Thus, we are treated to a second flash forward issue in a row, only this time we are flashing towards a skirmish around a sattelite. Kate and her friends, which the book still has to introduce in a proper way, battle Morgane Le Fay and her inhuman hordes over a mystical McGuffin.
Seeing Kate and her sister in space suits is an image that intentionally breaks from the more grounded tone. Yet, despite the raised stakes, the reader accepts that contrary to the "Future’s End" Special bloodletting, all this could actually happen at some point.
It’s another thing entirely to consider if this sort of action should be happening in the Batwoman title. On the face of it, it reads almost like a team book, with Kate being a clear lead, but there is certainly not enough context to go on past the intentional controversy.
More importantly, Alice is also being slowly reintroduced to the title, with a more measured approach than before. Starting out as a Joker to Kate Kane’s Bat(wo)man, the character’s return has been carefully seeded since the introduction of the idea that the two characters are twin sisters.
This time around, Kate is portrayed as the bloodthirsty sister, with flashes of the vampiric bloodlust taking over her while in the Batwoman guise. For once these don’t read like dream sequences and actually feel directly relevant to the plot at hand.
As for the broader story, it ties to Morgan Le Fay’s return and the cult involved with resurrecting her by using the philosopher’s stone.
There are actually some interesting bits to her return, but this is still largely a character building story. Morgan’s irredeemably evil so the writer doesn’t really deal with her motivations beyond the stereotypical supervillain megalomania. She is there to draw all of these disperate characters together, and she has enough presence to fulfill that role.
Juan Jose Ryp fills in for Jeanty in the issue featuring Morgan's return, and his highly detailed work calls attention to itself. Georges Jeanty has depicted these characters a bit looser and less imposing, which fit the book’s tone, but at this point the reader should be used to the fill ins.
With the sales being what they were, it’s probable that editorial was already considering ending the run, so the artistic shifts are to be expected.
The Nocturna subplot had a mild outcry with some of the fans considering the villain’s actions as veering towards rape. And while the implication is certainly there, it’s a shame that this is why this run ended up being an object of discussion. As the character based subplots draw to a close, Andreyko saves the explosive finale for an oversize Annual.
The weird symmetry of his run, which begins and ends with Annuals cannot be overstated. To make matters more complicated, once again, the action picks up not from where the series' last issue ended, but from #35, the flash forward issue which introduced the readers to Kate's battle in space.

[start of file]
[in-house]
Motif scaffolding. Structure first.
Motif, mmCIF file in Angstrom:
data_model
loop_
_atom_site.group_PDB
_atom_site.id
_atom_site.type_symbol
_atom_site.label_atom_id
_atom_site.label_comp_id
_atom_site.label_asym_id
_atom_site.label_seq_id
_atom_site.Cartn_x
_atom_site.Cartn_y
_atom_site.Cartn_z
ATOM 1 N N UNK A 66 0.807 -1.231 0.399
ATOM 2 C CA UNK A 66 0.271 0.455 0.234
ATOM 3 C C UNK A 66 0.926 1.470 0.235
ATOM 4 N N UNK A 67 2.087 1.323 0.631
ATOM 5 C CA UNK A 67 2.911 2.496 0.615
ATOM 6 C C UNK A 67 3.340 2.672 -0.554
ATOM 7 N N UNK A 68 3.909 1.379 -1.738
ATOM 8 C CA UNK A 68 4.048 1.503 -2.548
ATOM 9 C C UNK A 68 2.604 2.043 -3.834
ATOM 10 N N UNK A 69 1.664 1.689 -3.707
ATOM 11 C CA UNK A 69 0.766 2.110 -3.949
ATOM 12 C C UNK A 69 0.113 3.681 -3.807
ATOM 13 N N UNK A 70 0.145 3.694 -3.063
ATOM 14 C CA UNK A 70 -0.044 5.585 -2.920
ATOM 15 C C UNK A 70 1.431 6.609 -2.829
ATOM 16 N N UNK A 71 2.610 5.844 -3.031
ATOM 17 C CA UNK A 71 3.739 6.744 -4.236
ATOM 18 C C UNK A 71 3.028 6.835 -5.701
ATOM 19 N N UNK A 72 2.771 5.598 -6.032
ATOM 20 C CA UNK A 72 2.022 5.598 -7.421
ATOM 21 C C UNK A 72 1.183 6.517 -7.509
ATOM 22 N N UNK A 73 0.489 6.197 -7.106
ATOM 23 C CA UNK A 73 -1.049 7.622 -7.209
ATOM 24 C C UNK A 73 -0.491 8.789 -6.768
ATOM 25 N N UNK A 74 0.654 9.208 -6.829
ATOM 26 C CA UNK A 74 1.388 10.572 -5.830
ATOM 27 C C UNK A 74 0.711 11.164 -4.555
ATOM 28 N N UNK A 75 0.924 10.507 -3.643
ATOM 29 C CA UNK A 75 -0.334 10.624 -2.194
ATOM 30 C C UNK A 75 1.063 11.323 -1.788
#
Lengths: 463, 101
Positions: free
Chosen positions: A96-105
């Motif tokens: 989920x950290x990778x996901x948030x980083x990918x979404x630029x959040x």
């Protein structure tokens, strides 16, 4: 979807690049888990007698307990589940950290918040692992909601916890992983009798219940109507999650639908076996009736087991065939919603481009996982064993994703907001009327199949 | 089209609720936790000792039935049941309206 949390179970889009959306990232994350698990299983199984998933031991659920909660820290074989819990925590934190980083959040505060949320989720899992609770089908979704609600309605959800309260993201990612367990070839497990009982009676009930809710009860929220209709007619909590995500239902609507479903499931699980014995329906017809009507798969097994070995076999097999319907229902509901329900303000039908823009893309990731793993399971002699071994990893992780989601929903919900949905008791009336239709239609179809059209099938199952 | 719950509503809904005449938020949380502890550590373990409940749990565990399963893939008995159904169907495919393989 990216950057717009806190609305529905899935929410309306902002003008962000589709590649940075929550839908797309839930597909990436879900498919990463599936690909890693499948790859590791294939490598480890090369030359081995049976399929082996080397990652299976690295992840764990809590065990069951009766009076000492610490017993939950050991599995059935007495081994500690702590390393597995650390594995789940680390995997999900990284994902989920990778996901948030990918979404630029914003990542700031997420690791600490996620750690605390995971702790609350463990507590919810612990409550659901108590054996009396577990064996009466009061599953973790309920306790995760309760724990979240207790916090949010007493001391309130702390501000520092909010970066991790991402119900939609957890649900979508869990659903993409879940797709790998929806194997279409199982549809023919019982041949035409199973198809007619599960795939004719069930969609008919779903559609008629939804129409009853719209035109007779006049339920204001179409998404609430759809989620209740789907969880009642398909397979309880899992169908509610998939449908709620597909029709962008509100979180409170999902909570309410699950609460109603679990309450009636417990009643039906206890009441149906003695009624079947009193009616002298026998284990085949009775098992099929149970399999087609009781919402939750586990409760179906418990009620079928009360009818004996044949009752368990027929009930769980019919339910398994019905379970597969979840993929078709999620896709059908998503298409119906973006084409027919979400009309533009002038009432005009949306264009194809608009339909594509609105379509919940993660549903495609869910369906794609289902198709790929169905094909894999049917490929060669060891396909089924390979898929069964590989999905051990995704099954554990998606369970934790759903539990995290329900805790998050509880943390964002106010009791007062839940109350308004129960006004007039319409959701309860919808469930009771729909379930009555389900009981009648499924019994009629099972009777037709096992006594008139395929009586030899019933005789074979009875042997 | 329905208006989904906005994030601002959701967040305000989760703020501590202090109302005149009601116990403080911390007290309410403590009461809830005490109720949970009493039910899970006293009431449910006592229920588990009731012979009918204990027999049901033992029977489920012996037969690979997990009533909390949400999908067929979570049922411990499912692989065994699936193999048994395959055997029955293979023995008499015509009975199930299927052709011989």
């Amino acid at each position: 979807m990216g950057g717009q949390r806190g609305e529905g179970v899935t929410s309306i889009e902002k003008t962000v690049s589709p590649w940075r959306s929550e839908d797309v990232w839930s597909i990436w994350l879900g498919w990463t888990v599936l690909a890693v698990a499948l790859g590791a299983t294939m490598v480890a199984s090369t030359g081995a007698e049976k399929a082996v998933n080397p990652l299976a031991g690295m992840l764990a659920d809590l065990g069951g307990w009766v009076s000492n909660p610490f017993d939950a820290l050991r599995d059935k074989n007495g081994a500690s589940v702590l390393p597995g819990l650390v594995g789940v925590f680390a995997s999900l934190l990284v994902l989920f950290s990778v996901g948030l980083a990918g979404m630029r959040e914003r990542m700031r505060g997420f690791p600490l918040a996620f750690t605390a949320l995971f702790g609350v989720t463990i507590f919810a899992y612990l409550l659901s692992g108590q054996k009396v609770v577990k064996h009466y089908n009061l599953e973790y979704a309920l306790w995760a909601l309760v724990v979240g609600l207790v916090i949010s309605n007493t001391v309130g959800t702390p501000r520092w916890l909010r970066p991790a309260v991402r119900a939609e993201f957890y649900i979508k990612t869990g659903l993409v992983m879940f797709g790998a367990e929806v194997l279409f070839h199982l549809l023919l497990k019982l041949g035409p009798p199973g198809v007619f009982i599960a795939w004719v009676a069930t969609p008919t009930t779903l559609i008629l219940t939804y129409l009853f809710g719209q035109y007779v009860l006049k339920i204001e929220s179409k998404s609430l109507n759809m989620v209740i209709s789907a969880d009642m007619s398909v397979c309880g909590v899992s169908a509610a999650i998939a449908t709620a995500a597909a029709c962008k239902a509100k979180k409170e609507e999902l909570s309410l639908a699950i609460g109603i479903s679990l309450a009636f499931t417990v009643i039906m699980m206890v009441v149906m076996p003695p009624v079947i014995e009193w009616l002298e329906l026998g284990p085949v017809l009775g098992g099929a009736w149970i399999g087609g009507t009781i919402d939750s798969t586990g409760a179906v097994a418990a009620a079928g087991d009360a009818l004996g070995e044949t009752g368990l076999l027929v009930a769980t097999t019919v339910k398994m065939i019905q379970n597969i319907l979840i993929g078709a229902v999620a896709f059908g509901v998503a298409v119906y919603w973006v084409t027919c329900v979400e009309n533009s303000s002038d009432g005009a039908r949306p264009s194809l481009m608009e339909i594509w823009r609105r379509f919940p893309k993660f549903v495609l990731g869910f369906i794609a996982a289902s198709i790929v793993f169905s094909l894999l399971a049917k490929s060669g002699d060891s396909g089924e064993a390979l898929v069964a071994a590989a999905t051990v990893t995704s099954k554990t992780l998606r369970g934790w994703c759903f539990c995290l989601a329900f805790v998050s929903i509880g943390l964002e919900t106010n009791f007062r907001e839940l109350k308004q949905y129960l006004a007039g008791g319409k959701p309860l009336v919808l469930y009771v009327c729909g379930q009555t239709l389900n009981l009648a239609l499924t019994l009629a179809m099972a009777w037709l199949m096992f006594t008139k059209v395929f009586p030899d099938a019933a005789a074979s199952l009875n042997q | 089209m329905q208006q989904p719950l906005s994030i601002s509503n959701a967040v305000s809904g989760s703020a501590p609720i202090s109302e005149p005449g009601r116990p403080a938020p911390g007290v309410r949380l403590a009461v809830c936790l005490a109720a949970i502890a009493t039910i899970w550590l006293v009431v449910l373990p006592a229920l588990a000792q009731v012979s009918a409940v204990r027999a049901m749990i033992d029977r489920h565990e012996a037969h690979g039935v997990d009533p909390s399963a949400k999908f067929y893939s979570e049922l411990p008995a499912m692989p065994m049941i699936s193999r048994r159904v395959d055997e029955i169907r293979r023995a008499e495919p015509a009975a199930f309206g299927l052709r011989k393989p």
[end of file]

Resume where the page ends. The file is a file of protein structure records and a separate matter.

Taking all this into consideration, what to make of the Annual itself? It features Jeanty working in concert with fill-in artists, but thankfully the result isn't jarring. On the other hand, a weird story with reality reshaped to have Gotham appear as a medieval hamlet lorded over by Morgana Le Fey certainly won't be to everyone's taste.
It does at least put all of this to rest and ends with Kate reconnecting with Maggie. The smoothening out of the sore point of Kate Kane and Maggie Sawyer's relationship at this late date has more or less fell on deaf ears of the reading public.
Thus, in a way Andreyko has completed the circle by having to wrap up his own plots in an Annual. The entirety of this run, especially in such close proximity to the work of J. H. Williams III before it, certainly makes a case that the follow-up creative teams would benefit from a proper relaunch, with some distance in between.
Being in the position to directly continue the acclaimed work seemed to have forced the new creatives to scramble and try to make deadlines and enforce editorial edicts without being given enough time to truly consider the task at hand and really leave their mark with the character.
DC would return to Kate again a year later in the Detective comics team-up title, which ultimately spun-off a new Batwoman series. The work of Andreyko, Haun and Jeanty and the others continues to live on in collected form, tracking the development of a superhero character that was eventually given her own TV series.
It is only when looking back at these issues that the reader will be able to appreciate how truly weird they were and the lengths these publishers go through to keep their characters in circulation and development.